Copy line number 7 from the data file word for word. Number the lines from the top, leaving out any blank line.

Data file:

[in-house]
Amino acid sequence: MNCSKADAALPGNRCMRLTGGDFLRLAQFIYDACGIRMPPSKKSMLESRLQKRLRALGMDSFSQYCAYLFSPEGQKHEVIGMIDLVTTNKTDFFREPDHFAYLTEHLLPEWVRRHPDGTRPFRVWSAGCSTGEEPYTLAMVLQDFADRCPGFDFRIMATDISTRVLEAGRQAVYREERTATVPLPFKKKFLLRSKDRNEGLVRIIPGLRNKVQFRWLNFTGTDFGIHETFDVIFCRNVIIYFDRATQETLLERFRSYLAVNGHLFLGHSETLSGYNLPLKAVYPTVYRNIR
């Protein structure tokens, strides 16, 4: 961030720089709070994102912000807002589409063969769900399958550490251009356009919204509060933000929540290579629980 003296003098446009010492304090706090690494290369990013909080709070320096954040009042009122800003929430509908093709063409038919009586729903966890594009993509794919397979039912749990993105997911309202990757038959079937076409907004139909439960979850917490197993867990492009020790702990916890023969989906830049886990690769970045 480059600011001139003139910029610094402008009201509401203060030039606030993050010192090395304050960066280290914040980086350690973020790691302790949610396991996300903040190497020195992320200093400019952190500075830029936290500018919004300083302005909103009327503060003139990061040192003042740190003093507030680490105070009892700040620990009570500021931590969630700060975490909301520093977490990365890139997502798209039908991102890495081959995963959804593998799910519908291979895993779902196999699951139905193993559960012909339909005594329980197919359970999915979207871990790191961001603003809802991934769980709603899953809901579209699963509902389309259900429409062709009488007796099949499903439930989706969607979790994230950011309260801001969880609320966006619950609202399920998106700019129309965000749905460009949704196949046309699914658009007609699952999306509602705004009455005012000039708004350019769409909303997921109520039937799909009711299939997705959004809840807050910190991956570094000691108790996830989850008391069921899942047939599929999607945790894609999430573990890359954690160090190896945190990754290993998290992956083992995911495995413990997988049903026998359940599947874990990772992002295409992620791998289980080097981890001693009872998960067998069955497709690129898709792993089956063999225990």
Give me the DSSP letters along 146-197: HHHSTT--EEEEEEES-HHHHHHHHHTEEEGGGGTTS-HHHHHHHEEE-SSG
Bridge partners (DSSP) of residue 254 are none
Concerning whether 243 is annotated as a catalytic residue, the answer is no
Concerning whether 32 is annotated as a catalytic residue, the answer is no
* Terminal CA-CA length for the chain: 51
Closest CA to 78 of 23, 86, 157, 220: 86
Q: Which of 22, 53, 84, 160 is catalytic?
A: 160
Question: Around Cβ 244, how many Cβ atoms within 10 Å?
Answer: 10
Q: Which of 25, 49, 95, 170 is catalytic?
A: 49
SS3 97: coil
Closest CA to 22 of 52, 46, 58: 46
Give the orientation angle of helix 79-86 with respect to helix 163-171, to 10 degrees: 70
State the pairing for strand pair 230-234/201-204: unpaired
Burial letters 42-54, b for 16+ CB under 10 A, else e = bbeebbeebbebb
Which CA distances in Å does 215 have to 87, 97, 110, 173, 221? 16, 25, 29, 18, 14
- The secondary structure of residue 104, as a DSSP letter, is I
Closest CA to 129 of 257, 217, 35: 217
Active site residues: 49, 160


Concerning whether 32 is annotated as a catalytic residue, the answer is no